Eighth Congressional District Rep. Pete Stauber came out firmly against critical race theory in a tweet Tuesday, referencing it in terms that don't align with the state education department.
"Make no mistake, Critical Race Theory has no place in our education system," Stauber, R-Hermantown, posted. "We have all been created equally in the eyes of God, and teaching our children there is a racial hierarchy is despicable. This will not solve our division, it will further it."
The congressman's words were in reference to a Wall Street Journal report titled, "Battle over Critical Race Theory."
Make no mistake, Critical Race Theory has no place in our education system. We have all been created equally in the eyes of God, and teaching our children there is a racial hierarchy is despicable. This will not solve our division, it will further it. https://t.co/GxQ4VFGfcU— Pete Stauber (@RepPeteStauber) June 29, 2021
That story addresses critical race theory as "the latest battleground in the cultural war," while going on to reference the 24 states that have introduced legislation banning public schools from promoting critical race theory, including six that have enacted laws.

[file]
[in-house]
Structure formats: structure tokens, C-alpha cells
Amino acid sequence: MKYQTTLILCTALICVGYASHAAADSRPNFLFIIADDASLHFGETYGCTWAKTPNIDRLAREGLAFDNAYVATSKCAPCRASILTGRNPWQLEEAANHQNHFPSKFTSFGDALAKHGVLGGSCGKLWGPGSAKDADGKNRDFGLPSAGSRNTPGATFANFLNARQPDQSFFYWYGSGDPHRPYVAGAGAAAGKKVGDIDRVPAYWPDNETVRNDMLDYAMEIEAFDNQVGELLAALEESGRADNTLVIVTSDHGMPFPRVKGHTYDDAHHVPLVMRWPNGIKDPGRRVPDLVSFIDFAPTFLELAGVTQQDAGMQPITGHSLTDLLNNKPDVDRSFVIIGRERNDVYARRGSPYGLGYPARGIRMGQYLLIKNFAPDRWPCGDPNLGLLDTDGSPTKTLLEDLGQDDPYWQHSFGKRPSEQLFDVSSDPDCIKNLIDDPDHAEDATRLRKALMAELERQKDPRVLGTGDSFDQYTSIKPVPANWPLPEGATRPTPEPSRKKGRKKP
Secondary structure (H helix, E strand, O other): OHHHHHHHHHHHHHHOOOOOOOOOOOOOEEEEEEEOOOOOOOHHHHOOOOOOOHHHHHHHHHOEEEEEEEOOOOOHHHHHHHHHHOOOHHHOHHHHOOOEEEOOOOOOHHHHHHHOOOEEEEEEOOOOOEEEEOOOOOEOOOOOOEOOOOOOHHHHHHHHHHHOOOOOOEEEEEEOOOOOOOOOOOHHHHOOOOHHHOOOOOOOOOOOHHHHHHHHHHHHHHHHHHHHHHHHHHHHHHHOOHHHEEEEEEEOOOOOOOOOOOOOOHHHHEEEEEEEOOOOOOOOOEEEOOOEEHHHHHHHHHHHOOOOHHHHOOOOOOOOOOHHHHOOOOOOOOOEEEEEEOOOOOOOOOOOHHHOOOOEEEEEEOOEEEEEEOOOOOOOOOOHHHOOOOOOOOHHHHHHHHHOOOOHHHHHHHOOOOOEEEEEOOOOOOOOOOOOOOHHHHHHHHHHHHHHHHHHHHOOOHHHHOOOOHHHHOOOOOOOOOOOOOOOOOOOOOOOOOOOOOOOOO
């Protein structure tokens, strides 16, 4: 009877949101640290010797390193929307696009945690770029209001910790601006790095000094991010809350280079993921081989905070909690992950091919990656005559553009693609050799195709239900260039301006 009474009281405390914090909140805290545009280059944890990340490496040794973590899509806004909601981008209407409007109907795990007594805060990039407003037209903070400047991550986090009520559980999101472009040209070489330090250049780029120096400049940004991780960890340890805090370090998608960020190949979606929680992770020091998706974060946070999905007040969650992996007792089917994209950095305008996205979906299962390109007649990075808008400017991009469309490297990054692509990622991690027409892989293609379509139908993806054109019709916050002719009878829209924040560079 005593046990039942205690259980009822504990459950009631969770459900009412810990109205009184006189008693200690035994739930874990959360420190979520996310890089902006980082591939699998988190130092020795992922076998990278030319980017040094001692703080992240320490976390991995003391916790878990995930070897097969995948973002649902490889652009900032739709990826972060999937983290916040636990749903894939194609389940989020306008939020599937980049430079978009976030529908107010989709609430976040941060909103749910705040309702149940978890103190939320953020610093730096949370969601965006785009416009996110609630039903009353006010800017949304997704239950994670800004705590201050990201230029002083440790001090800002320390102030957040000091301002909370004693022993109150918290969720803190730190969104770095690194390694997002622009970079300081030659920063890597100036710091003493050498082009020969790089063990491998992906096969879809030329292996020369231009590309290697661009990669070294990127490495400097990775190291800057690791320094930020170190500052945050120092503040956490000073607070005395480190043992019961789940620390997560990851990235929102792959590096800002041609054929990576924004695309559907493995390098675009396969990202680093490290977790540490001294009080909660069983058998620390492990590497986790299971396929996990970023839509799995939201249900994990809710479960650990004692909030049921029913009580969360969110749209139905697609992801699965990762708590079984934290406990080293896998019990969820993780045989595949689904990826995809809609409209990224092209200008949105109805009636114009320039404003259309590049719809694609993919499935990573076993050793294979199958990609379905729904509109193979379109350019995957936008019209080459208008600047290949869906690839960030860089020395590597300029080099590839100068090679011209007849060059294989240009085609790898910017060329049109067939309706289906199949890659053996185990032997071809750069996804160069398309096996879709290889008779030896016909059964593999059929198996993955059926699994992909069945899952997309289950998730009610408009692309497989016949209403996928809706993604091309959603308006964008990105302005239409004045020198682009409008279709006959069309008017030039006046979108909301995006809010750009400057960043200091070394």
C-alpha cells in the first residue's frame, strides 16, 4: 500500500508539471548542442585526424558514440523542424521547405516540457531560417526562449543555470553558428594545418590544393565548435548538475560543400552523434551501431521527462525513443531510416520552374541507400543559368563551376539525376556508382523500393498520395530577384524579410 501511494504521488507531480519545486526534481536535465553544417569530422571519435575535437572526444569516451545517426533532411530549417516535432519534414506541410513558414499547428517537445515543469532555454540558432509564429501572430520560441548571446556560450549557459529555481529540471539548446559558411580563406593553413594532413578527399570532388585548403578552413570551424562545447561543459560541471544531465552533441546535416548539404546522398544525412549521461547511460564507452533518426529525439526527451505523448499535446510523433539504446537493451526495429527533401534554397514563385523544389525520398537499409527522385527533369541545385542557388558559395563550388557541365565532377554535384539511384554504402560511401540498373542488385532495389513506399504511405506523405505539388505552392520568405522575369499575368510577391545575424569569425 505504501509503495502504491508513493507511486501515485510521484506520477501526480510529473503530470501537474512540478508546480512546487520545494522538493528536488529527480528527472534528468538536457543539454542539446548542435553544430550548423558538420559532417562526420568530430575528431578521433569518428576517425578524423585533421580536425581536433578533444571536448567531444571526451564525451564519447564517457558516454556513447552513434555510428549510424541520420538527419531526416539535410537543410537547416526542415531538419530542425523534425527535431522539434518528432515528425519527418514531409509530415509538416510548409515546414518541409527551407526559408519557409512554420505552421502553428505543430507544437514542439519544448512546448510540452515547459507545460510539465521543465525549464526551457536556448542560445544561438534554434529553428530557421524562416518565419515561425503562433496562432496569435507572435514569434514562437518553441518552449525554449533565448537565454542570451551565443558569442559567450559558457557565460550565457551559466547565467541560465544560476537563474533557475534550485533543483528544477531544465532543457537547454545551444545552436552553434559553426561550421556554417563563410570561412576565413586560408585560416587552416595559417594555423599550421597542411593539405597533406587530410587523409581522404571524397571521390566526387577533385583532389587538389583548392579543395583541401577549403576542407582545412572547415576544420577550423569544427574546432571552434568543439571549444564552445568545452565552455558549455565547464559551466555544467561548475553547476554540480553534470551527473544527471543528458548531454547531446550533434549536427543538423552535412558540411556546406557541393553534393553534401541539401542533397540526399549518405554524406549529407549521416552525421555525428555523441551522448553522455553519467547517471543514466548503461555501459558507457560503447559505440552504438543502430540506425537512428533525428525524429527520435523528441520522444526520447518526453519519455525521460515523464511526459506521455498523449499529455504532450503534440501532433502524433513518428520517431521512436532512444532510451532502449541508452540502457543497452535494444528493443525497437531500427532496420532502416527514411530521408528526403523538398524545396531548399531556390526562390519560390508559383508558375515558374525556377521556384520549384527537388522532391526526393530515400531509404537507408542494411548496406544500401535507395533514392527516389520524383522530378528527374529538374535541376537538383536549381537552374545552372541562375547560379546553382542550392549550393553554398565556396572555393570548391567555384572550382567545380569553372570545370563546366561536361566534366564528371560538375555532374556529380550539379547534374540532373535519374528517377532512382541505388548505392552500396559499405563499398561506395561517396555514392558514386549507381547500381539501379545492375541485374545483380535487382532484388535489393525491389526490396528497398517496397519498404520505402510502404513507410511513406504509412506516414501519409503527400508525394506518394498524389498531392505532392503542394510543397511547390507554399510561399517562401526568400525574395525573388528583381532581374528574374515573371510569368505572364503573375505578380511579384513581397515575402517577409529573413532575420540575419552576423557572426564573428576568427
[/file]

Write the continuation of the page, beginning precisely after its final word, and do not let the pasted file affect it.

But the topic has another side, one more rooted in an longer history of higher learning. It's been used to create greater understanding of the existence of systemic advantages for white people and, in turn, disadvantages for Black people.
Earlier this month, the Minnesota Department of Education addressed the topic in a statement to the News Tribune, which starts by saying critical race theory isn't included in the state's K-12 academic standards, or in any proposed ones.
"It is a theory that was developed in the 1970s by legal scholars and may be taught in some master’s degree or doctoral-level programs," the state education department said. "Our students’ education is at its strongest when Minnesotans are involved and engaged, so we always recommend that families talk with their school leaders and teachers to better understand what is being taught in classrooms."
Stauber is a second-term congressman who recently passed his first authored piece of legislation of his second term, a technical bill that makes it easier for pilots to read and process safety notices.
Earlier Tuesday, prior to his tweet, his campaign had sent out an email soliciting donations in order to meet a quarterly fundraising deadline: "Send a message to far-left special interest groups that the Great 8th district is not for sale."
Reporter Adelle Whitefoot contributed to this story.